1
vote
2answers
80 views

Under what circumstances is observing a superposition possible?

According to Ian Stewart's 2013 Symmetry: A Very Short Introduction (pp. 119-120), Experiment and theory suggest that superposed states should not be observable as such; only individual ...
0
votes
1answer
123 views

How does an electron adjust itself to fit in an excited state that is completely filled?

According to quantum mechanics each state has a specific shape. So, how does the electron get into that shape of the orbital?
3
votes
3answers
165 views

Unitarity of PMNS matrix

Why should the neutrino mixing matrix (PMNS matrix) be unitary? Is the unitarity dictated by experiments or is it a theoretical demand?
3
votes
0answers
158 views

Entanglement entropy and area law

I am currently reading a review "Area law for the entanglement entropy" by Eisert, Cramer and Plenio (2010). From what I understand: In one dimension, for local gapped models, we have an area law ...
2
votes
2answers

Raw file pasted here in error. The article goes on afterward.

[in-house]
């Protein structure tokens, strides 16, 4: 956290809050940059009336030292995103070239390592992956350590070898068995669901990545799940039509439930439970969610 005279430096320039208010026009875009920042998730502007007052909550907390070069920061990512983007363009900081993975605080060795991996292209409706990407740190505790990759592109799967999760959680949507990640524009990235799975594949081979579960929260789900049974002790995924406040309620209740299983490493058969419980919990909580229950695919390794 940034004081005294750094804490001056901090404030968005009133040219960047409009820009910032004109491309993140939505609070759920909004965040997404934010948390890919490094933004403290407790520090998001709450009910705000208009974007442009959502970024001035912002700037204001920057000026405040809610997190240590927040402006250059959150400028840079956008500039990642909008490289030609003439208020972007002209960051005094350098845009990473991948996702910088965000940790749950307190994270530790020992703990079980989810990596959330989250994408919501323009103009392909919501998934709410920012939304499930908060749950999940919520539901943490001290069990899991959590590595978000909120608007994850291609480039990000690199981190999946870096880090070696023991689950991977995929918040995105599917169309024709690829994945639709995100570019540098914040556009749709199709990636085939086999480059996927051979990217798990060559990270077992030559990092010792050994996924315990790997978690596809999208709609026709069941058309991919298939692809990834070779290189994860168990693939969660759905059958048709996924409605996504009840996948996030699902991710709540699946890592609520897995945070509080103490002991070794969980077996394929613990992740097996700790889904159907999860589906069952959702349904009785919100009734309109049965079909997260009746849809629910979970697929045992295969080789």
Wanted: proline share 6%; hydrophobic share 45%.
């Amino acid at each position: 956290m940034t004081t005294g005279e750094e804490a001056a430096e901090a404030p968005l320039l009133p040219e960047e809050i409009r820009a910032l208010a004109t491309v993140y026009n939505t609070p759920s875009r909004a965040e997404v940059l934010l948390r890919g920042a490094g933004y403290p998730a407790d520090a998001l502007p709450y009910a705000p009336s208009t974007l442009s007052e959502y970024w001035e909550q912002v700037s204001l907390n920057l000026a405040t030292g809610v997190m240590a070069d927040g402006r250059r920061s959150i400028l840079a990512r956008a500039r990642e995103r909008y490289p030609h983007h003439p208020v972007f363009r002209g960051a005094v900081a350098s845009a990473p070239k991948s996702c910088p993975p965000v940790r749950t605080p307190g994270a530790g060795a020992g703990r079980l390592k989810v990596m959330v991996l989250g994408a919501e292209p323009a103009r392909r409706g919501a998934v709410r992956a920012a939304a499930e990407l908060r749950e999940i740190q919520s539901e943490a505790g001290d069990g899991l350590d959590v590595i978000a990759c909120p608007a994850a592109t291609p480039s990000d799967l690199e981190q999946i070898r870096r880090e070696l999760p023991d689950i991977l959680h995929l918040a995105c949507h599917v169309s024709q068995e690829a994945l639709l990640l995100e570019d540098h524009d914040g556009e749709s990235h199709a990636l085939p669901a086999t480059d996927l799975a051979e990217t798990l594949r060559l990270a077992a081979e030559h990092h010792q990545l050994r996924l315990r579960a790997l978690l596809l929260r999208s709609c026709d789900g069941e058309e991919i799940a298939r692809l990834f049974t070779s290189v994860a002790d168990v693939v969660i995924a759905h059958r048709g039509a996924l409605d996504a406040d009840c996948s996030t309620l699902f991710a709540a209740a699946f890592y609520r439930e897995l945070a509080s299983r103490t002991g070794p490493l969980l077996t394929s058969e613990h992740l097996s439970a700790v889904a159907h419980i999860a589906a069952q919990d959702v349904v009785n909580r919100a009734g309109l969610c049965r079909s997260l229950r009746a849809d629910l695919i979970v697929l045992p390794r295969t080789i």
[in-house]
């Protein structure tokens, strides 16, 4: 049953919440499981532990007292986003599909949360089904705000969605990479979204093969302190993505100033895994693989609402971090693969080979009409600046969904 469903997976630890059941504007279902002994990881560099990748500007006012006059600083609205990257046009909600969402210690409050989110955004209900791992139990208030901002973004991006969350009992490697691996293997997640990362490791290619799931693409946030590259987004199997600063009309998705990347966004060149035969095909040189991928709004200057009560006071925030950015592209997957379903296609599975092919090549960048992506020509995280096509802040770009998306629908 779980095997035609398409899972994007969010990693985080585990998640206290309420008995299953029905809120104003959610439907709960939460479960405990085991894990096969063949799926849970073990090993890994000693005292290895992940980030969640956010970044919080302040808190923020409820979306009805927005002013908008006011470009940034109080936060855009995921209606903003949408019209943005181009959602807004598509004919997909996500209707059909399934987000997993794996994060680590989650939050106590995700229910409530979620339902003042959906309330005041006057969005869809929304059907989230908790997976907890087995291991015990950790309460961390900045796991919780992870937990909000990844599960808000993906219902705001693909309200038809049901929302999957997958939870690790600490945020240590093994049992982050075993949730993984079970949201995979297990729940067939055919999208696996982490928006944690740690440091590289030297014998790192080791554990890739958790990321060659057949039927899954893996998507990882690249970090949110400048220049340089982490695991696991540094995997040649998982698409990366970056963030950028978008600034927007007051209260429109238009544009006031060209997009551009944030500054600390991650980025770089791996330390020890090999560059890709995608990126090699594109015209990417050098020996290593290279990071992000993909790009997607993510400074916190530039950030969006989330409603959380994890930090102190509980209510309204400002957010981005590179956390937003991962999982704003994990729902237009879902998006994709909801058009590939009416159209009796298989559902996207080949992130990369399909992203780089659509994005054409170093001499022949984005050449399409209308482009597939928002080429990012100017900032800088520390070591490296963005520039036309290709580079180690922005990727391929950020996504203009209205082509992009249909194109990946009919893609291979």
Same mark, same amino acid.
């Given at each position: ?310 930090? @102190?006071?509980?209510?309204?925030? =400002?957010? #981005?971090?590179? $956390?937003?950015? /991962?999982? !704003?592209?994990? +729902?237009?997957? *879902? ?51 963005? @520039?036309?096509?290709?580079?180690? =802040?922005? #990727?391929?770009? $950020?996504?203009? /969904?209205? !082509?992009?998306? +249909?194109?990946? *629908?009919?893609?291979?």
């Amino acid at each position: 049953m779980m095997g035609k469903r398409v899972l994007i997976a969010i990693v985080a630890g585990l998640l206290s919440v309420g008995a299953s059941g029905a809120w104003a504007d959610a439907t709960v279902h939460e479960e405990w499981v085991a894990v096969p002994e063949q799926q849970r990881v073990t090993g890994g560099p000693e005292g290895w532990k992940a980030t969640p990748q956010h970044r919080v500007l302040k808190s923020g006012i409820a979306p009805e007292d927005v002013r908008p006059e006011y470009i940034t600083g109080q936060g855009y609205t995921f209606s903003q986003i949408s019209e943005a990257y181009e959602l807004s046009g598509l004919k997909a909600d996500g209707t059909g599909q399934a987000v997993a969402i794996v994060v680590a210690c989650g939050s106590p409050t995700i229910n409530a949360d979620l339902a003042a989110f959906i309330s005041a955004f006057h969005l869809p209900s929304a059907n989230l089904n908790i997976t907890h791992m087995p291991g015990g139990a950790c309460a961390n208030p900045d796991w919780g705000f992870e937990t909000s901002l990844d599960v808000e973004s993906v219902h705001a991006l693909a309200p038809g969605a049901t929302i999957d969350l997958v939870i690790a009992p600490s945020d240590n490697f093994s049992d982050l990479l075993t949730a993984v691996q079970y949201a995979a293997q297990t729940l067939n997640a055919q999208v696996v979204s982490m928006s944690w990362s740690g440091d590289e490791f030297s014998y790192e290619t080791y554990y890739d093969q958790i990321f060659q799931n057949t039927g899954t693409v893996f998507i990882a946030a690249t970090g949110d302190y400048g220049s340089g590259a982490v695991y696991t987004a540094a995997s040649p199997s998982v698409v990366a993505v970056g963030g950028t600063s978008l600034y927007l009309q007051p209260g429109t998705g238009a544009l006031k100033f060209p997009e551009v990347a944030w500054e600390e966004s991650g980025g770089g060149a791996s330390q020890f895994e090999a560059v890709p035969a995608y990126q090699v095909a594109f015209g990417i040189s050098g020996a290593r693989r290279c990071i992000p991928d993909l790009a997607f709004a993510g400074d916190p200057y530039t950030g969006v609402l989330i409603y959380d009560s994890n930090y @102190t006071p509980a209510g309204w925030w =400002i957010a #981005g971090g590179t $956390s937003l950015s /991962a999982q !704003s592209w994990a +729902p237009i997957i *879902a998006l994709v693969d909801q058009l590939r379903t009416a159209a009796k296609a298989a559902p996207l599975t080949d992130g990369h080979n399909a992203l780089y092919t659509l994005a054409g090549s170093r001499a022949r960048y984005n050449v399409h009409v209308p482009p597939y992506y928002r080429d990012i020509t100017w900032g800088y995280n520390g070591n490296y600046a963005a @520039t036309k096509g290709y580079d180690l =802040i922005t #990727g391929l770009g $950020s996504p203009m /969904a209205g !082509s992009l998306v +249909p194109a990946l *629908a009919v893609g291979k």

456 views

Why does Matter occupies space? Matter and space are two things… If Space does not has mass, why should matter have space-ful nature?

This thought has completely changed my perspective towards matter. If the matter in a star can collapse to a point to form a Black hole, surely the true nature of matter should be able explain this ...
5
votes
3answers
479 views

How are anti-matter atoms created?

What is the reaction, or reactions that make anti-matter? I don't understand how anti-matter is created by CERN if interaction with normal matter causes annihilation.
2
votes
0answers
65 views

Electromagnetic force interaction

As far as I know, the electromagnetic force only interacts on particles with electrical charge, but I was told that the electromagnetic force was involved in the following reaction: ...
2
votes
1answer
69 views

Which types of particles are affected by the wave-particle duality?

If we take the double slit experiment as a way of demonstrating the wave-particle duality, which types of particles would show an interference pattern? For example, I know that electrons show such a ...
0
votes
0answers
11 views

multiple frequency trapped power signal